Unknown Bird Illness
Special Statement: Unknown Bird Illness
You may have heard the sad news that there have been multiple reports of mysterious bird deaths in some eastern and mid-western states. As of this moment, there are NO confirmed cases in New York State. Only approximately 30% of fledglings make it to adulthood, in general. We have not seen any unusual increase in bird deaths at this time. The overall scale of this outbreak and the cause of the bird mortalities are not known yet. In addition, while the deceased birds were originally reported in the Washington DC area, they have also been found in parts of Northern Virginia, Maryland, West Virginia, Ohio, Maine, Kentucky, New Jersey, Pennsylvania, and Indiana. Both the state and Federal Wildlife officials are actively looking for answers.
There is much speculation as to potential causes, including that this illness might be related to the Brood X cicada emergence in some way. The timing and geographical location of these occurrences makes this an interesting idea, but nothing has been concluded and this is purely speculation.
What we know so far:
Symptoms include swollen, crusty eyes and balance/neurological issues.
93% of deceased birds are fledglings.
Overwhelming majority affected are Blue Jays, grackles, starlings, and robins.
There is no known cause or cure at this time.
Lab results have ruled out the most common diseases that would typically impact feeder birds, such as salmonella, conjunctivitis, avian pox, avian flu, West Nile, chlamydia, New Castle disease, and more.
Testing is ongoing. We are all waiting for further results. Toxicology reports have not come out yet.
There have been no confirmed links between dead birds in NY and this disease.
Seems to correlate with the Brood X cicada timeline. However, it is not confirmed to be related.
In the Washington DC area, where it was first found, it has already subsided. There have been very few, if any, reports of infected birds in the last 2-3 weeks.
Birds can die from a number of reasons such as pesticides, window collisions, vehicle collisions, cats, mold, and more.
What we do NOT know so far:
Scientists and researches have not found the cause yet.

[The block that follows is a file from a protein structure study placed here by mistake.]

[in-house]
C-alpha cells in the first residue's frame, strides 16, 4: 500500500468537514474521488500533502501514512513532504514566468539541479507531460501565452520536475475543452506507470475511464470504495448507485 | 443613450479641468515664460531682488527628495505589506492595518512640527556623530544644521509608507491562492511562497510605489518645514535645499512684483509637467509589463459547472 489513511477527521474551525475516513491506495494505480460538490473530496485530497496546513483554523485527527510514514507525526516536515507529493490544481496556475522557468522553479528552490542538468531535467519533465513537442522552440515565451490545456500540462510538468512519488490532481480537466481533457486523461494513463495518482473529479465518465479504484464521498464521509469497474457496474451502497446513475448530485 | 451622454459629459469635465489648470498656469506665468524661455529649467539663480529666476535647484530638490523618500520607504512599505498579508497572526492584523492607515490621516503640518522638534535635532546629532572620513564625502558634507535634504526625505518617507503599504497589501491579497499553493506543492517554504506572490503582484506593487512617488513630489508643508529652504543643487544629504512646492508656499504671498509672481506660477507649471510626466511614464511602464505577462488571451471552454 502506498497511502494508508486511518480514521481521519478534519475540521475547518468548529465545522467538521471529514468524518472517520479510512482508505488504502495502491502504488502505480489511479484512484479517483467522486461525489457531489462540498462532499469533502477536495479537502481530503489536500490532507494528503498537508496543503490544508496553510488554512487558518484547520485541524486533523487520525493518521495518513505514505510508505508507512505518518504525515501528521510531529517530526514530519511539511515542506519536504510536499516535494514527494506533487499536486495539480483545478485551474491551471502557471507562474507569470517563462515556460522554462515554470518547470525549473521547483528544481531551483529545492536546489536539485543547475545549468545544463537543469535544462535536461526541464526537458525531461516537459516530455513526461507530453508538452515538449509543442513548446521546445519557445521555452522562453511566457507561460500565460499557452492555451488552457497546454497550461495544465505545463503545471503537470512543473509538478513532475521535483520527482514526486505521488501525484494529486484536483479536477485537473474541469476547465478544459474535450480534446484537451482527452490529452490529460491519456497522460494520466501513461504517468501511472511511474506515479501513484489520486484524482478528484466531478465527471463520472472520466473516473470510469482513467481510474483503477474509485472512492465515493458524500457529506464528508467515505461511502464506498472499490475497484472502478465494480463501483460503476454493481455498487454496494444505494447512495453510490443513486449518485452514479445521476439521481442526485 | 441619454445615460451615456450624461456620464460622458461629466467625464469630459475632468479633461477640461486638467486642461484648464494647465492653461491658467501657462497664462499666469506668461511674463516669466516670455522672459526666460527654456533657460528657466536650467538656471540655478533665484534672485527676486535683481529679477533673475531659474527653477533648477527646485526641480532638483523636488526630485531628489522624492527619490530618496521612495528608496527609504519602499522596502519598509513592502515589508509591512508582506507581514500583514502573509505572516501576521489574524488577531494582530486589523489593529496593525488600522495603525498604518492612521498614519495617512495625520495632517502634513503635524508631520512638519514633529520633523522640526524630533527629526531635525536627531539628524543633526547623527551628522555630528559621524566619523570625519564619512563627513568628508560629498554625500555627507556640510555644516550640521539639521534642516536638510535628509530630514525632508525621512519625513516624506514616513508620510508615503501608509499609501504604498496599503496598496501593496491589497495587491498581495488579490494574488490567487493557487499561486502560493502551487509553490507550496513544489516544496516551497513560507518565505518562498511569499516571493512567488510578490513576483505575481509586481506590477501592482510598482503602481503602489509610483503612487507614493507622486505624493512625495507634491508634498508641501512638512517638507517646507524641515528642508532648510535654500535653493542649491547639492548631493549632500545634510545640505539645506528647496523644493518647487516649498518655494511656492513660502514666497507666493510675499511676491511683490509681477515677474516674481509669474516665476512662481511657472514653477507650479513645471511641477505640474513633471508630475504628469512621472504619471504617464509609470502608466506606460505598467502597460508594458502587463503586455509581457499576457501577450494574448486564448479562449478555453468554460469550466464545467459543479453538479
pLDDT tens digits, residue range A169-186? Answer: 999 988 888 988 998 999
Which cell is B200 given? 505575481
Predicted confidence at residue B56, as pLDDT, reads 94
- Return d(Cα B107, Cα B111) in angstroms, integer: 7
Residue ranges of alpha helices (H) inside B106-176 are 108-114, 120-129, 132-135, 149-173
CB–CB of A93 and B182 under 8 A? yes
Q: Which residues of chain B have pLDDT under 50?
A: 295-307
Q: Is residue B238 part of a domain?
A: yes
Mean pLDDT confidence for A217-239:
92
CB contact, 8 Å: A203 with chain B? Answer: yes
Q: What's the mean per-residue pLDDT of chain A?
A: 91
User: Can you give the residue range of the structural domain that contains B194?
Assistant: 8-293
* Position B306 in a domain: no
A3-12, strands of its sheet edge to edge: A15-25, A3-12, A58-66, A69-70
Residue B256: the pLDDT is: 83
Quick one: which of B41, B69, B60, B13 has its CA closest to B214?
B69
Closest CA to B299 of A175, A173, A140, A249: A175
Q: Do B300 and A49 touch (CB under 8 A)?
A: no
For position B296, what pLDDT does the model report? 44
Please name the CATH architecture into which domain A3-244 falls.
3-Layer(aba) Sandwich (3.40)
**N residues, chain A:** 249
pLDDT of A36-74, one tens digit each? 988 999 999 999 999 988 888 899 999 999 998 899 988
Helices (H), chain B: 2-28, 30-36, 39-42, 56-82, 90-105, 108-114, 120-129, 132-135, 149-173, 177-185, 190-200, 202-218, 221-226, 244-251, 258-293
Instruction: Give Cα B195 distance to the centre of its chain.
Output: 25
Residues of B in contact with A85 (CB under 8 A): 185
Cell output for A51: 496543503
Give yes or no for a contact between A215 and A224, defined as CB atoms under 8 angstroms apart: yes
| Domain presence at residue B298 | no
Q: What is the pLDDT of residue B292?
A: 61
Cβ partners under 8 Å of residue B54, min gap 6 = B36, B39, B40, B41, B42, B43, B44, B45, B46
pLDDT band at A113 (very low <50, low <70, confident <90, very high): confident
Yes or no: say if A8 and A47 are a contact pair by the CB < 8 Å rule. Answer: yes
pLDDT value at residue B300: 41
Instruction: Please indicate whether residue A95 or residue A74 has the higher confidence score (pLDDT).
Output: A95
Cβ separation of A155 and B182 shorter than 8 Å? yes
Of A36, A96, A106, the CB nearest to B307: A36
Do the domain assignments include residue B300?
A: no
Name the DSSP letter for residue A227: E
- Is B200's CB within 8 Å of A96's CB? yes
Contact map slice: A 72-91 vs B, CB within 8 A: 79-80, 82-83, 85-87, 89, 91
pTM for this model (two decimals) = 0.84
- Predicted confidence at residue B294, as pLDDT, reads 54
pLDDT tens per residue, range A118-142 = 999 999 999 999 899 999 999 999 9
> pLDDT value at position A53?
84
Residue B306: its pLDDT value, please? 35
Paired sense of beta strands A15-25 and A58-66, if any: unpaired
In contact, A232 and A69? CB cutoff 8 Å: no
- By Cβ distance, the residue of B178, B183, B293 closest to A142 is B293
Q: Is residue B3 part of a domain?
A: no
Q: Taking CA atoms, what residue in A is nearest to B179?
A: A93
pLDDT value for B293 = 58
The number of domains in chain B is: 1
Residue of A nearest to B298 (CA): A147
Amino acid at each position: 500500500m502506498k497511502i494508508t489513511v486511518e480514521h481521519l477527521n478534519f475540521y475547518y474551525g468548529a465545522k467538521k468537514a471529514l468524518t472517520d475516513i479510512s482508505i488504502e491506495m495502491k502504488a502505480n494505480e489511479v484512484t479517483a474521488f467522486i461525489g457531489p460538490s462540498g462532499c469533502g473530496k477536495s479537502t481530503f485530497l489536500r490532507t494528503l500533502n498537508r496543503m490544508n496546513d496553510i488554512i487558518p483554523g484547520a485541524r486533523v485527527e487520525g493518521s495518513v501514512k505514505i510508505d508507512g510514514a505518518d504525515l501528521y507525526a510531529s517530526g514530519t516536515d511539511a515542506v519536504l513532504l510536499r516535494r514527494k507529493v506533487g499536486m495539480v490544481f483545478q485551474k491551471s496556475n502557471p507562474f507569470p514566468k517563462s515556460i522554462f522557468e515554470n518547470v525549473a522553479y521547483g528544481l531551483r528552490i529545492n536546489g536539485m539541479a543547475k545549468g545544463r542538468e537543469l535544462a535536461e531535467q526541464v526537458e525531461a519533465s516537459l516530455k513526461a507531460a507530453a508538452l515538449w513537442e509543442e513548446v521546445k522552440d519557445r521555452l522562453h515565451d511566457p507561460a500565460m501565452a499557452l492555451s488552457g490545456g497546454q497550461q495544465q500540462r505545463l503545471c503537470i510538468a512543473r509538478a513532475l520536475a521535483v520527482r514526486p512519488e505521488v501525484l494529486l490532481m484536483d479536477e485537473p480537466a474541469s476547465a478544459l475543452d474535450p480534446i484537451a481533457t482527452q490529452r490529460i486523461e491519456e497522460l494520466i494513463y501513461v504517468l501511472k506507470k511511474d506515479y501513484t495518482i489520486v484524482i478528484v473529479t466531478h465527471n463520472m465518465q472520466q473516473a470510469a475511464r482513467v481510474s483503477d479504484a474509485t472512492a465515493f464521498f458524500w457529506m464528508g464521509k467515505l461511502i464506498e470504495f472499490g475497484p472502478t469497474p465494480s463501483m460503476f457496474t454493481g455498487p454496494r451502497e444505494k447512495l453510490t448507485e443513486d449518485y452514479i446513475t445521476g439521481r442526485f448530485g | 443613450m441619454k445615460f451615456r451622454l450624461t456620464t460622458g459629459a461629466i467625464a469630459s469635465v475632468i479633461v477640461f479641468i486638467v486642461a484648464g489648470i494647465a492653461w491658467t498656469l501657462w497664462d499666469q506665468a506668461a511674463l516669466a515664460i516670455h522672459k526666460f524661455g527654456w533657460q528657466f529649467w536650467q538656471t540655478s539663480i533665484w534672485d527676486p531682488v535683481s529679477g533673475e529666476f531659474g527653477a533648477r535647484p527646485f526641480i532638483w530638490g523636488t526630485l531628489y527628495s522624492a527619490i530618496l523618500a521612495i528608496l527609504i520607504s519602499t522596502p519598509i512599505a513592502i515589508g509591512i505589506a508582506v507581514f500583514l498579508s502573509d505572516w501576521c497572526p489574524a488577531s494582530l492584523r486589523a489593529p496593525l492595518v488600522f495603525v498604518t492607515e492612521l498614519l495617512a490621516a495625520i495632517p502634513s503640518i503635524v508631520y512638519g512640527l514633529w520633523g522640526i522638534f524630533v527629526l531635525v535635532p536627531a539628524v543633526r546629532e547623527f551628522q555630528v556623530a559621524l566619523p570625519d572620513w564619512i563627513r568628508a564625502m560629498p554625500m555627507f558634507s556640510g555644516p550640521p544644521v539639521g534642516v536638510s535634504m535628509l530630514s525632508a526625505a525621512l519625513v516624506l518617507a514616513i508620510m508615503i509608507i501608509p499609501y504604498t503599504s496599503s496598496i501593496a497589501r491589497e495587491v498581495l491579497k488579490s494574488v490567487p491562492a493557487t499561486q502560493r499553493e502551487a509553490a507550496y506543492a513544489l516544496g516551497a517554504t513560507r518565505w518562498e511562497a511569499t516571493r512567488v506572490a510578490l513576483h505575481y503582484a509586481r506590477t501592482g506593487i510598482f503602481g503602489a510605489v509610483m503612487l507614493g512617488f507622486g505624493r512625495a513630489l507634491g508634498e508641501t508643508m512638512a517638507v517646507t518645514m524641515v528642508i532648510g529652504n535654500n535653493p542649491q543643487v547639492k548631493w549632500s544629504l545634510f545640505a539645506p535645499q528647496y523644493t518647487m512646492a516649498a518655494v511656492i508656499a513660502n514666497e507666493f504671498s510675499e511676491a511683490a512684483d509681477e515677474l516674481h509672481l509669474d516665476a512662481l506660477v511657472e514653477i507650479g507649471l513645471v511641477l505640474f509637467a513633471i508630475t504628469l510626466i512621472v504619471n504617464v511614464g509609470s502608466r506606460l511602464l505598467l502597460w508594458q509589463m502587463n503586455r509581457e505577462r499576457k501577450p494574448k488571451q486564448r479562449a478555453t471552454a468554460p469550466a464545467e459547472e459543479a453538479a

It is not known if it is contagious among wild birds. However, it does not appear to spread to humans or poultry.
We do not know if it is some sort of toxin due to pesticide use or other poisons, as we are still waiting for toxicology reports.
What do we recommend:
Clean your feeders and baths regularly with a 10% bleach solution (9 parts water, 1 part bleach) and rinse thoroughly. Currently "regularly" should be at least once a week.
Keep seed dry. Discard any wet or moldy seed. Clean feeders and let dry completely before refilling with fresh seed.
Keep the area below your feeders clean of debris or spilled seed.
Clean hummingbird feeders at least twice a week and replace with fresh nectar. If you are using Nectar Defender, then clean every two weeks and replace with fresh nectar.
Keep your eyes open to anything unusual.
If you find a recently deceased bird with a swollen, crusty eye, bag it immediately, put it on ice, and call the DEC (631) 444-0200 or Cornell Lab of Ornithology (1-800-843-2473). Be sure to wash your hands thoroughly with soap and water.
If the bird is not recently deceased, bury the bird.
IF you find a diseased or deceased bird and contact the DEC or Cornell, remove all feeders and clean and disinfect them. Wait for results of the necropsy.
Keep us updated on all findings.
The health and well-being of birds is our number one priority! We know that under normal circumstances, feeding the birds can have a tremendously positive effect on them when done responsibly. Feel free to stop by our store or call us with any questions. We appreciate your support as always! #savethesongbirds